A green roof is an addition to a roof, which can help make a building more sustainable, while delivering benefits to both humans and ecosystems.
The structure of a green roof includes waterproofing, root barrier and drainage systems, filter cloth, and a growing medium for plants.
The benefits of installing a green roof include insulation and reduced energy use, the removal of air pollutants and green house gases through carbon sequestration/storage, increased roof lifespan, reduced heat stress, stormwater runoff management, improved quality of health, and beautification.
There are two types of green roofs—extensive and intensive. Extensive green roofs have a soil depth of 1”- 5,” and are planted with sedums and short grasses. Intensive green roofs need at least one foot of soil, along with integrated irrigation and drainage systems, and can be vegetated with trees, shrubs, and perennials.
Installing an extensive green roof normally costs $10 per square foot, whereas intensive green roofs cost $25 per square foot. Annual maintenance costs for green roofs range from $0.75-$1.50 per square foot.
While the initial costs of installing a green roof are higher than for a conventional roof, the difference is easily offset by its cost-effective benefits. For example, green roofs can increase roof life span by blocking UV light. One study found that an extensive green roof reduced the energy demand for air conditioning in the summer by over 75%. There are also federal and local tax incentives for green roofs—such as the one-year propertytax credit available in New York City for property owners who green at least half of their roof.
Green roofs can help contribute to LEED certification, by protecting or restoring habitats, maximizing open space, storm-water quality control, reducing the heat island effect in urban areas, and increasing water efficiency.
Green roofs support biodiversity by providing a habitat for native plants, invertebrates, birds and other animals.
Small-scale, local food production is also possible with green roofs, creating opportunities for communities to partake in healthy, in-season produce.
Sedum doesn’t absorb water or promote biodiversity as well as other species, while it is effective for lowering the heating and air-conditioning energy requirements of a building. Determining which green roof plants most support biodiversity requires finding the best soil composition for microorganisms to thrive in. Scientists are currently exploring this question.
Integrating sedum with other native plants, to maximize the potential benefits of green roofs, requires creative, multi-purposed, and efficient landscape design.
An aspect of green roofs that is not talked about as much, which I have personal experience in, is their potential psychosocial benefits.
I work periodically for a company called Alive Structures, helping install commercial and residential green roofs across New York City. When first spending time on green roofs, I can remember feeling surprised initially by the sense of peace that I felt.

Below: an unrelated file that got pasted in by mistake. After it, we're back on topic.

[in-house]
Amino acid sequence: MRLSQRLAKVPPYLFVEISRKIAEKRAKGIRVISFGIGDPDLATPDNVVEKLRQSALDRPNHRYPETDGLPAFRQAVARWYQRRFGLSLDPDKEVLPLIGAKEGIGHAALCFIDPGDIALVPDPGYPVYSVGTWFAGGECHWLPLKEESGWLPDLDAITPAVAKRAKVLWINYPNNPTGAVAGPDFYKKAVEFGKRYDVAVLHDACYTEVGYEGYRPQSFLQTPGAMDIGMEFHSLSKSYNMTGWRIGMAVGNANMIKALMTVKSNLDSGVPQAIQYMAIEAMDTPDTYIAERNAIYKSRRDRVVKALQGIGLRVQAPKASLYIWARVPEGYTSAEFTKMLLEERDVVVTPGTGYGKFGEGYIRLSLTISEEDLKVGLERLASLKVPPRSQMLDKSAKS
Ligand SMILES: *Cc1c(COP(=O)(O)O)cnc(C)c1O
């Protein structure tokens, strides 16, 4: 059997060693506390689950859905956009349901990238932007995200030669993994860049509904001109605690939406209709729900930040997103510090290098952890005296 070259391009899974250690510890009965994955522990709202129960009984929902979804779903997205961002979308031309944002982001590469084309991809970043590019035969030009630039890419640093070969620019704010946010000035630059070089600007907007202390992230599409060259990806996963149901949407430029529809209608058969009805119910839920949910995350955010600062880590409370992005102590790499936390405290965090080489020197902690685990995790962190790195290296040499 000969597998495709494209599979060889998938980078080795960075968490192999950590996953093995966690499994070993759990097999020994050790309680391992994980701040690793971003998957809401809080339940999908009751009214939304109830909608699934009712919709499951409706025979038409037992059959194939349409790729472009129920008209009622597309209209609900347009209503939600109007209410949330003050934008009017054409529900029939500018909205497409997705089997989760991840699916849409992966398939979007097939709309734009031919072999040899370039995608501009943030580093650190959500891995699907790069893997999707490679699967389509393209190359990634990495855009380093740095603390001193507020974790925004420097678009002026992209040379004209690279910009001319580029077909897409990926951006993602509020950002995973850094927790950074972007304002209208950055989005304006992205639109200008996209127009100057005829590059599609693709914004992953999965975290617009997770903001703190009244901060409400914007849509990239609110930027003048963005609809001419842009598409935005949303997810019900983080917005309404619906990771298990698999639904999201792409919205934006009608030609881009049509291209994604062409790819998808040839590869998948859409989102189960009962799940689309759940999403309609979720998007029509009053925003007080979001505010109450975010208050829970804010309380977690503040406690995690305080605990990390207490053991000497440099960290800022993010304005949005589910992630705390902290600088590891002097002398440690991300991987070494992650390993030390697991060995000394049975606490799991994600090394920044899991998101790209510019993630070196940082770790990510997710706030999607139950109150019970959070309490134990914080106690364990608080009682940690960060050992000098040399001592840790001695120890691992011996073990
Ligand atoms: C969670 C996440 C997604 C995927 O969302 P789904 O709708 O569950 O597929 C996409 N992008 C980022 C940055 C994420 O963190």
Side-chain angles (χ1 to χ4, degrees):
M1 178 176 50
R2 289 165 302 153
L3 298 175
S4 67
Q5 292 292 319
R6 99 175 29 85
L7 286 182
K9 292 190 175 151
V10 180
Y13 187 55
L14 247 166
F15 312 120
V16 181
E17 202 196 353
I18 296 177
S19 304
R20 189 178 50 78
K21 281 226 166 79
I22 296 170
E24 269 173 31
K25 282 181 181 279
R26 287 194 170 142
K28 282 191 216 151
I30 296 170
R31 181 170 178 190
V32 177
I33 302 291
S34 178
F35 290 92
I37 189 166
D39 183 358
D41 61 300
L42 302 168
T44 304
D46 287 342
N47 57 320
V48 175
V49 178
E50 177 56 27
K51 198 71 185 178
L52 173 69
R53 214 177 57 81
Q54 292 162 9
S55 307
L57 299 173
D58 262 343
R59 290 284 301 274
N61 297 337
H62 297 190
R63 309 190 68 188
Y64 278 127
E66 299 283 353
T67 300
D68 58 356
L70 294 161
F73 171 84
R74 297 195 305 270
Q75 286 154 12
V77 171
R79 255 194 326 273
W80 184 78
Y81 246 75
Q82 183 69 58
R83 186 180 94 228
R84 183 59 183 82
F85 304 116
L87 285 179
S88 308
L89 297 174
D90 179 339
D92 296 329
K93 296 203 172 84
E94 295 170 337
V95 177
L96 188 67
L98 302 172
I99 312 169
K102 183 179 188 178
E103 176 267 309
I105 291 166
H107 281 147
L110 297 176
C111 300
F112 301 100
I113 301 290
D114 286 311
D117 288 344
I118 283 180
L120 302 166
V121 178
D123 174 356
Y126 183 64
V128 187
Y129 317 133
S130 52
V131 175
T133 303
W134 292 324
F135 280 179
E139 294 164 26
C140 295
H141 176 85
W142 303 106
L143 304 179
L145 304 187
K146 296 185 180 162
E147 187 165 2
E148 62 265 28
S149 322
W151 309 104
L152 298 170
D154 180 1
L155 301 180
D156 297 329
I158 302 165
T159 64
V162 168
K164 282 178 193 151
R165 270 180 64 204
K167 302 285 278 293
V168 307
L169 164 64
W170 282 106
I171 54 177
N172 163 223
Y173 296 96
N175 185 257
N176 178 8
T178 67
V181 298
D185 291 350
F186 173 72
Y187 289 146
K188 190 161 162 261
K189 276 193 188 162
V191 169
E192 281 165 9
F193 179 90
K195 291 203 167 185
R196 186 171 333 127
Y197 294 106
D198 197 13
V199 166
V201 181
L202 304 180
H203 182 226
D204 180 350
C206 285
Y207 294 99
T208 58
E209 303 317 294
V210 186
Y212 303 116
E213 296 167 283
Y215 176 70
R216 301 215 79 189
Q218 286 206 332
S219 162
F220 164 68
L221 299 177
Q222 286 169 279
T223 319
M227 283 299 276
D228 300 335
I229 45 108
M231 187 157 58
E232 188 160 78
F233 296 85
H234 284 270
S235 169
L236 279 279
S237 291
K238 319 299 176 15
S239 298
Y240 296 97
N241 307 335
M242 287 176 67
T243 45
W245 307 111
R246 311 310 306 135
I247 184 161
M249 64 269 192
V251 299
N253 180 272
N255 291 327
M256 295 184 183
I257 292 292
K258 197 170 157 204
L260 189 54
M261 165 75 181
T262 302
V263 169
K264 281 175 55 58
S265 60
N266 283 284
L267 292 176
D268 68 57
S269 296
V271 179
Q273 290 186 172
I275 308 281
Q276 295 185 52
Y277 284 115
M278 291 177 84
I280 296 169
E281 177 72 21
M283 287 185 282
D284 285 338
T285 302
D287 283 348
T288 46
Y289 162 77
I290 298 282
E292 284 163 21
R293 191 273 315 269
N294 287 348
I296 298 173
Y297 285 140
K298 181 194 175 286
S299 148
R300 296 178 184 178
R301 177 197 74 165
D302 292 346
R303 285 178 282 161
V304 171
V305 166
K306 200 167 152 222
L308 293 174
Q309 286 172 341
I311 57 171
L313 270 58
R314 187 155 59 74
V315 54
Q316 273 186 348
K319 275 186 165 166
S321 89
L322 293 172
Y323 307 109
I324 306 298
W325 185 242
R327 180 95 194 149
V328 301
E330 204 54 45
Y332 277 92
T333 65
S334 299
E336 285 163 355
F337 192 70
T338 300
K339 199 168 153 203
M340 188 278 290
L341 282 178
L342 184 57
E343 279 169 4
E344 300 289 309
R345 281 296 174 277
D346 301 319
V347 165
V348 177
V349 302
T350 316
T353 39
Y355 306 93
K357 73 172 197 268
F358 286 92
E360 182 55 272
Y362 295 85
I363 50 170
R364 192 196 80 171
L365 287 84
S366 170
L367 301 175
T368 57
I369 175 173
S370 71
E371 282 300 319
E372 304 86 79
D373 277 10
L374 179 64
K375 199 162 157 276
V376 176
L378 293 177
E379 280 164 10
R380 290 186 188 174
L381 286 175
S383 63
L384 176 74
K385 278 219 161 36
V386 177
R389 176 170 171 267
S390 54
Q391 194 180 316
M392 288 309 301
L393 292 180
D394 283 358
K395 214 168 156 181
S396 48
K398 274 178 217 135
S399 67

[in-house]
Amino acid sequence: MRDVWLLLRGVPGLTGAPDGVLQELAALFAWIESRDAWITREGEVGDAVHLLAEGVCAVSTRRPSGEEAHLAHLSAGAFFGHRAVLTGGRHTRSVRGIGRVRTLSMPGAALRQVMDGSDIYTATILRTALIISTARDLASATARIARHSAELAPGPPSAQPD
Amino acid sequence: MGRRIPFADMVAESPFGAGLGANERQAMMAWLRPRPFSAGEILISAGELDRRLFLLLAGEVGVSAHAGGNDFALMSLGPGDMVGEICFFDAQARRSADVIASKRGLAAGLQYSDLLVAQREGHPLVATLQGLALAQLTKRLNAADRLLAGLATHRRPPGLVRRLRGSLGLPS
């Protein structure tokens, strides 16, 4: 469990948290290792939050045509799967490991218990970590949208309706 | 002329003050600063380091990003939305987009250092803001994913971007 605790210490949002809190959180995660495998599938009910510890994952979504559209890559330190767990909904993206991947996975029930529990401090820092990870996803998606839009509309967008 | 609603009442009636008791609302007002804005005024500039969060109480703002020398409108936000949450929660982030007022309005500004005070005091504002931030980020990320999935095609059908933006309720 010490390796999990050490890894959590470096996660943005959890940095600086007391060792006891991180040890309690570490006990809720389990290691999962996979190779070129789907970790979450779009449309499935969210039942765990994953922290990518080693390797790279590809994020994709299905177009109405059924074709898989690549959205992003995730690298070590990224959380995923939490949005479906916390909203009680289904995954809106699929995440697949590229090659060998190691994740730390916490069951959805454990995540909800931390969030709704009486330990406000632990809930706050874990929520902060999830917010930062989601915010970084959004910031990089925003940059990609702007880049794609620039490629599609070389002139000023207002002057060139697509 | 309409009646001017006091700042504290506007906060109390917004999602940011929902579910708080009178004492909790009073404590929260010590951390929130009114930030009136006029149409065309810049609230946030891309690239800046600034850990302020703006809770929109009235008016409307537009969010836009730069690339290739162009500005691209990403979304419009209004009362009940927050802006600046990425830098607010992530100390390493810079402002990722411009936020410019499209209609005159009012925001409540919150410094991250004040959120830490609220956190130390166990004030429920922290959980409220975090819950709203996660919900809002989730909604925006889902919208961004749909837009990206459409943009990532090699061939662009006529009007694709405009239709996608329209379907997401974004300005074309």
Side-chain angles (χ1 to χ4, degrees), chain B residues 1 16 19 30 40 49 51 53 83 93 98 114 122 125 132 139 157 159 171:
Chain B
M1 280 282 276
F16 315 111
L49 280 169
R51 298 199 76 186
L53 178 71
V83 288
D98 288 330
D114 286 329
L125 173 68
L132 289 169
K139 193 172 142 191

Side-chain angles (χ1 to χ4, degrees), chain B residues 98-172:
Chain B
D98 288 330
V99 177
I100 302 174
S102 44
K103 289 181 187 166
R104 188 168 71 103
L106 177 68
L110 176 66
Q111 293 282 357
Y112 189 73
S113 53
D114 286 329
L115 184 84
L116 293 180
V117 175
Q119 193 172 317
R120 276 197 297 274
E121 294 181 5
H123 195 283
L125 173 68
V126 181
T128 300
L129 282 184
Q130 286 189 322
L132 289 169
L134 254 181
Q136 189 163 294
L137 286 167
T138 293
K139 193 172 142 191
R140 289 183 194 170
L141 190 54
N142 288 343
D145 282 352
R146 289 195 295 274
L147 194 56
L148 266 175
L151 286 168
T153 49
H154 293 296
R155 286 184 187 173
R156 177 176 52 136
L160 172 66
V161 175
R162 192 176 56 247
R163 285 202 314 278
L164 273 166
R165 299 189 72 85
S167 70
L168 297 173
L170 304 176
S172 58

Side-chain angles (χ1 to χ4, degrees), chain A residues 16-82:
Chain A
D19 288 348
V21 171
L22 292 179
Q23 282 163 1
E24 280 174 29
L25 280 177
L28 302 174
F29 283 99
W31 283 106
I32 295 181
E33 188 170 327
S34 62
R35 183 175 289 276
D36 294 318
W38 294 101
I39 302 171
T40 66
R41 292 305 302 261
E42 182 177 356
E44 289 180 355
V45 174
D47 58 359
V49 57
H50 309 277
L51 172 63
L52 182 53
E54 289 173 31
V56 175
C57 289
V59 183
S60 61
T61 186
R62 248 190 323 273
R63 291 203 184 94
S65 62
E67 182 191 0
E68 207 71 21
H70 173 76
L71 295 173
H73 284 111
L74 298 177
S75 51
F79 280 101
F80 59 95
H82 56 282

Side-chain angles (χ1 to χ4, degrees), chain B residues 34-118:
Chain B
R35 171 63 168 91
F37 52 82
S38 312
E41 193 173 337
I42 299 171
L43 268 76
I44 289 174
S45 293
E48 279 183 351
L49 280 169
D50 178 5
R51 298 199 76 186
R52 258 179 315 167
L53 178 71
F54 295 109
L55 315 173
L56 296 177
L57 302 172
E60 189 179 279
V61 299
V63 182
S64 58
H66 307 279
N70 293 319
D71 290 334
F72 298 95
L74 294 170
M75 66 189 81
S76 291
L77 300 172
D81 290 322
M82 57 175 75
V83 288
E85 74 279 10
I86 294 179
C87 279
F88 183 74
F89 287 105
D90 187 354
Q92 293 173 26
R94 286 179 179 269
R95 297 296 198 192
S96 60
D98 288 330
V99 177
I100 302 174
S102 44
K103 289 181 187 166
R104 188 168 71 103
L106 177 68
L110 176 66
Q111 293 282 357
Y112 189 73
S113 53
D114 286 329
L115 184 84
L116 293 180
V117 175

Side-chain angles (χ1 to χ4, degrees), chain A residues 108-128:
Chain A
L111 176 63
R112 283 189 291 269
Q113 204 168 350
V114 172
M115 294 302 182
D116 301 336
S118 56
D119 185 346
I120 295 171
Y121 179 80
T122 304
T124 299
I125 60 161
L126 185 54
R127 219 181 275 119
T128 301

Much of the health benefits of green roofs are rooted in aesthetics. Green roofs give us something beautiful to look at and meditate on. They also reduce noise pollution, which helps enable clearer thoughts.
Evidence shows that simply being around plants leads to lower blood pressure, increased attentiveness, productivity and job satisfaction, lower anxiety, and improved wellbeing. Green roofs can serve as collective spaces for individuals to cooperate and work in, while enjoying the beauty of nature together.
Entomologist Edward Wilson’s biophilia (“love of life”) hypothesis partly explains why green roofs make us feel so good. According to this concept, our evolutionary heritage is what draws humans towards having a deep connection with nature.
The physical and mental health benefits of green roofs have led to an increase of green roof installations at hospitals and care centers. With Alive Structures, I helped install a modular green roof at New York Hospital Queens (NYHQ) in 2012.
The project at NYHQ was part of a New York City Department of Environmental Protection grant to reduce stormwater runoff. However, what I find equally exciting about the NYHQ green roof is its potential positive impact on patients and hospital staff.
In the springtime, when the sedum is blossomed, new mothers and their families can now look out from the maternity ward windows, to a sprawl of color and life.
Of course, hospitals aren’t the only places that can benefit from green roofs. There’s much potential to explore the therapeutic aspects of green roofs in a variety of professional and personal spaces.
The average office worker is stressed, and frankly, out of tune with nature in an unhealthy way. Humans require sunlight, fresh air, and also time to commune with nature. In the words of naturalist John Muir, “Everybody needs beauty as well as bread, places to play in and pray in, where nature may heal and give strength to body and soul.”
Imagine if you had the opportunity to take five minutes away from your desk, to walk out onto a green roof. From my experience, being outside amidst living things recharges the battery and helps me work more productively.
What is so promising about green roofs is their capacity to strengthen and develop the complex interrelationships between the built environment, communities, and natural world.
In short, green roofs can help make life healthier for humans and the environment alike.